Agriculture / Drought / East Africa / Film and video / Food Security / Kenya / Vulnerability

Small farmers are productive farmers, if given the right support–de Schutter

Watch this 6-minute ILRI film about a previous drought that devastated much of East Africa in 2008–2009. In Kenya, the Kitengela Maasai pastoral rangelands south of Nairobi, and the hot and dry crop-livestock farming district of Kitui further east, experienced many of the worst effects, including reports of the deaths of up to half of the livestock in these regions. This film gives voice to Kitengela herders and Kitui farmers with personal experience of the drought.

In the Guardian, Mark Tran profiles farmers trying ‘to eke out a living in the semi-arid part of eastern Kenya, a region blighted by the worst drought in 60 years.’

‘. . . Famine in the Horn of Africa and surging food prices are concentrating the minds of policymakers on the need for long-term solutions, particularly for small farmers. If they can become as productive as their peers in Asia, the argument goes, they can move from self-subsistence, make a decent livelihood, and ultimately drive economic development on the continent.

‘Agriculture, predominantly small scale, accounts for about 30% of sub-Saharan Africa’s GDP and at least 40% of export value. Having fallen out of favour in the development debate in the last decade, agriculture these days gets its own G20 summits and there are moves to make agriculture the centrepiece of the he Rio+20 global development summit next June. . . .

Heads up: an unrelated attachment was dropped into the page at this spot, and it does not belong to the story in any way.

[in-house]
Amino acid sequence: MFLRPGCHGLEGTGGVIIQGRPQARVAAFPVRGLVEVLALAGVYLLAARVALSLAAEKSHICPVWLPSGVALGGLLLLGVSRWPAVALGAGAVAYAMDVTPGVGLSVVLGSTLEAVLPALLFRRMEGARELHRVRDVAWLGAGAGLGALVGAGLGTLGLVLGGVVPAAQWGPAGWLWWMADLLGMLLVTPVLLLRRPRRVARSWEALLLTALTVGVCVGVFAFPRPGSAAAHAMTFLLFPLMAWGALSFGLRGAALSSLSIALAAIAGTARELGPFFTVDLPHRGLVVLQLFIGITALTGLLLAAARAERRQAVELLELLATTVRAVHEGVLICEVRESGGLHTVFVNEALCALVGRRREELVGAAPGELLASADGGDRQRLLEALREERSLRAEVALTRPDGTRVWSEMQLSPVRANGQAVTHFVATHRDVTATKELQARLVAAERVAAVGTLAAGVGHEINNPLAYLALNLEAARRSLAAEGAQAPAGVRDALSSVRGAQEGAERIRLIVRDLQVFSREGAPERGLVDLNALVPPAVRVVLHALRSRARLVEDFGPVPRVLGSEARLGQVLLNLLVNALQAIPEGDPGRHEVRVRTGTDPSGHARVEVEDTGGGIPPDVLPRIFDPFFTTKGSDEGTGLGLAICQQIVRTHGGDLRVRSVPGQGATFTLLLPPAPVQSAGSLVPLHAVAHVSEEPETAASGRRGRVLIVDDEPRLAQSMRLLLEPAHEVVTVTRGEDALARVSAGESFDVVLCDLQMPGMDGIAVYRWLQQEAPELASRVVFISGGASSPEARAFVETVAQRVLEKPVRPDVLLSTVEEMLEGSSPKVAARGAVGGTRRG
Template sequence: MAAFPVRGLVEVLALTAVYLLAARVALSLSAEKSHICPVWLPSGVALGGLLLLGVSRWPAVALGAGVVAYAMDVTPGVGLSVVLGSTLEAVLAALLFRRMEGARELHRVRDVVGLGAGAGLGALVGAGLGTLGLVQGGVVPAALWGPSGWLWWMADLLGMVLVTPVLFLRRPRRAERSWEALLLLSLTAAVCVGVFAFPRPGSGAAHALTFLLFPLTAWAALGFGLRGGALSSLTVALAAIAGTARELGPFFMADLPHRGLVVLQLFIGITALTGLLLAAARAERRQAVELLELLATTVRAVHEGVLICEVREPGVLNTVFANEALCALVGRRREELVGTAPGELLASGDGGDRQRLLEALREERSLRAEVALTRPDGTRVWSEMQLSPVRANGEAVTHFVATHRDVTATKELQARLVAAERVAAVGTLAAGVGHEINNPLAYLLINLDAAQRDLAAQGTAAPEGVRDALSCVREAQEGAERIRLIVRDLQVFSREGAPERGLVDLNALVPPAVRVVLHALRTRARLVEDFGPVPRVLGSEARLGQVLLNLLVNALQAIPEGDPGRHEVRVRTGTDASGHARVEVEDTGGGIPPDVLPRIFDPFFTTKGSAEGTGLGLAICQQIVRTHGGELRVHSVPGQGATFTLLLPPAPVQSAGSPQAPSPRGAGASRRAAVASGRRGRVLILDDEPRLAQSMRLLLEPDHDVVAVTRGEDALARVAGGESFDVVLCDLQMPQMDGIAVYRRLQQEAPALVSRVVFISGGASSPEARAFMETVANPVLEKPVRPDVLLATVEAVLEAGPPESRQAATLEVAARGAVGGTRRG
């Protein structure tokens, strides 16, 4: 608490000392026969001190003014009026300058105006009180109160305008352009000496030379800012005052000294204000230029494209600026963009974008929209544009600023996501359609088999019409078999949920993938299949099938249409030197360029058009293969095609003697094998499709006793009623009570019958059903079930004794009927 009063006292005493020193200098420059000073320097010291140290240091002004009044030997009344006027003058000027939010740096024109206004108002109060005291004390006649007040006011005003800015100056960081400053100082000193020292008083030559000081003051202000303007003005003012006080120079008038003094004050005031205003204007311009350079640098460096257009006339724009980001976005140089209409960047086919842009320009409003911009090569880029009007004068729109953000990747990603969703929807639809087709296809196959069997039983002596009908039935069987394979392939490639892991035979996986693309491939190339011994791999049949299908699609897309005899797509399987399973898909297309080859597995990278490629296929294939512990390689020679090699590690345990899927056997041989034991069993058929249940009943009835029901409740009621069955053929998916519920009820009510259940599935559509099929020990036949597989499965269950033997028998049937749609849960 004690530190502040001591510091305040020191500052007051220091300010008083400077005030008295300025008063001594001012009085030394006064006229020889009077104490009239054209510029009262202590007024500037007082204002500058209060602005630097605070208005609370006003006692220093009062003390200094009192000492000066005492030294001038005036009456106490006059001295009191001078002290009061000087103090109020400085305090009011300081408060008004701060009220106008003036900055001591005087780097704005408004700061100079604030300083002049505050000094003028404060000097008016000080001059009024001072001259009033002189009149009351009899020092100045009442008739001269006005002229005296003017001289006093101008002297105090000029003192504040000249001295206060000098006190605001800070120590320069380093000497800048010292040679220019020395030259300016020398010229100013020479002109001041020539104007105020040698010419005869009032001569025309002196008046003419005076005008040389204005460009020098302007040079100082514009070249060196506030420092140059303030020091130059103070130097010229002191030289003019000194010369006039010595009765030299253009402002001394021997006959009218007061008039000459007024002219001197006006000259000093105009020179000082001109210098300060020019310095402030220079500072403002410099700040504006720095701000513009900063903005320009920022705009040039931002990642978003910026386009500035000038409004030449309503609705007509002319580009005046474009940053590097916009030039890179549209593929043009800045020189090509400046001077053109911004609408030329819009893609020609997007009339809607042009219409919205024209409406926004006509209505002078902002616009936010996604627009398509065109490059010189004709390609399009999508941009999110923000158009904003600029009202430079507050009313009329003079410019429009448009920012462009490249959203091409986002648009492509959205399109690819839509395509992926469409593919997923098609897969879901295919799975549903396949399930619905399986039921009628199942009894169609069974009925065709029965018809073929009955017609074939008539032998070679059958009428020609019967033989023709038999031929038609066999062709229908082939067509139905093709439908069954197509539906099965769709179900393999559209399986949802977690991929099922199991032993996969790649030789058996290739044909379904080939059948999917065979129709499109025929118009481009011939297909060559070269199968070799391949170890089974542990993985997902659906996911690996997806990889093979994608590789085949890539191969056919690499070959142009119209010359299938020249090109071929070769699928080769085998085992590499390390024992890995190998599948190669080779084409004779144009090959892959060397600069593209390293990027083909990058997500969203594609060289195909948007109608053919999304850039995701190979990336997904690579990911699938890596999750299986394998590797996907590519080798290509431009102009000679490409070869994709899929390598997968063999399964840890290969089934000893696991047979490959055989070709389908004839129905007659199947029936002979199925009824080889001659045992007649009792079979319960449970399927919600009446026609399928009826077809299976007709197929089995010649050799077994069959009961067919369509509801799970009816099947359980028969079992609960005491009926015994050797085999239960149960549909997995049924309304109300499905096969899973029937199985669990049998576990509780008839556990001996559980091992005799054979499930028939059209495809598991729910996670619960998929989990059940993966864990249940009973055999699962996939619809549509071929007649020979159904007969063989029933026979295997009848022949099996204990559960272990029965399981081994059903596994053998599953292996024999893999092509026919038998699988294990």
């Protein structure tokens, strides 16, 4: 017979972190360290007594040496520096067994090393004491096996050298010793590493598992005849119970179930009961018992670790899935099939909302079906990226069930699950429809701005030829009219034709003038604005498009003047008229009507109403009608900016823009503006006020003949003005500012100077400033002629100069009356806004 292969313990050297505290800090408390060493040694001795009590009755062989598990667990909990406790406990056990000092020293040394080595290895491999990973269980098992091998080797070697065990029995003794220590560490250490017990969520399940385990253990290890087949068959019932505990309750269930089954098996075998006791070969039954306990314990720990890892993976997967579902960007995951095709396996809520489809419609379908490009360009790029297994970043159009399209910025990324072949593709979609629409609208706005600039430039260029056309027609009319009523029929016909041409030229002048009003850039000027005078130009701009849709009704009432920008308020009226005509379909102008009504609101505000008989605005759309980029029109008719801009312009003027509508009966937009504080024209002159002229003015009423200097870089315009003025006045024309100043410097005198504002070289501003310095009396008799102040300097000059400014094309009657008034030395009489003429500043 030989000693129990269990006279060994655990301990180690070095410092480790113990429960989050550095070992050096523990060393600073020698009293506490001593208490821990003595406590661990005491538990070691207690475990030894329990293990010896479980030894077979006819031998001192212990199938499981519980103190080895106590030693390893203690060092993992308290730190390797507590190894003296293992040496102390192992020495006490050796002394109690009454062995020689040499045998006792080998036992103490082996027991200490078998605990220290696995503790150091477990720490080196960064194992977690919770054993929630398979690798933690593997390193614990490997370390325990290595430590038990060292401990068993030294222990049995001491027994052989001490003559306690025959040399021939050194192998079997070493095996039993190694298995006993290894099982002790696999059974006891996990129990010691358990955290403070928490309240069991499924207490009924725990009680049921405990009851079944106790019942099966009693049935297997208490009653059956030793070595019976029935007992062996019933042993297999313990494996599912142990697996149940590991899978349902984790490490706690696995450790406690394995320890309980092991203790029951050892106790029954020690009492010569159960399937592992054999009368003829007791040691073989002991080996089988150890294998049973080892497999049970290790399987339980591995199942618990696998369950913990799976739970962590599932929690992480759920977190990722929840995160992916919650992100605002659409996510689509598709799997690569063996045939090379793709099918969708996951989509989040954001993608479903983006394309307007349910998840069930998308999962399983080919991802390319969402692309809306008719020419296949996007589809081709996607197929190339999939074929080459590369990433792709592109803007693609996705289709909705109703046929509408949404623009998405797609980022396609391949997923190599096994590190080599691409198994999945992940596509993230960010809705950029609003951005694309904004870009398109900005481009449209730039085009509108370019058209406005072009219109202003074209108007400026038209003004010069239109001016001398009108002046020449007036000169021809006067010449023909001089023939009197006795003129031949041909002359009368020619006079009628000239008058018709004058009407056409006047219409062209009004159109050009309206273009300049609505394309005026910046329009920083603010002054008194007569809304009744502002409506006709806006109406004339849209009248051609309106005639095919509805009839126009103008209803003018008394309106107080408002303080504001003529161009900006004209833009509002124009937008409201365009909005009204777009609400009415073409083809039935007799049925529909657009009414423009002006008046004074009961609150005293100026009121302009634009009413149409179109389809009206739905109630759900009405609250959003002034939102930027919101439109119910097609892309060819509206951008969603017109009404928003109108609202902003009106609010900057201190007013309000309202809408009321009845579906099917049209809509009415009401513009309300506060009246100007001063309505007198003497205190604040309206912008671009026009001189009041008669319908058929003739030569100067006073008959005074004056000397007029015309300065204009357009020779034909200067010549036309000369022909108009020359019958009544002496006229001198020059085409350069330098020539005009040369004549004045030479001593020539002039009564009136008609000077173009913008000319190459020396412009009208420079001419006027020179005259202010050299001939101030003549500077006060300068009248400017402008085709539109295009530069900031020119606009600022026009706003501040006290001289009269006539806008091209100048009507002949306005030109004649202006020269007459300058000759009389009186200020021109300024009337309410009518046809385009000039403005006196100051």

‘Professor Olivier De Schutter, the UN special rapporteur on the right to food, argues

small-scale farming can be as productive as large-scale farming, if not more so. . . . But a number of conditions must be satisfied to ensure decent livelihoods and to allow them to move beyond subsistence agriculture.

‘”Small-scale farmers must have access to markets, which means routes and means of transport, or else they depend entirely on the goodwill of middlemen, who pay them low prices and vis-a-vis whom they are in a very weak bargaining position,” he said. “They must have support from the state in the form of agricultural extension services and training and they must have access to inputs.”. . .’

Read the whole article by Mark Tran in the GuardianAfrica’s battle for agricultural development, 13 Sep 2011.

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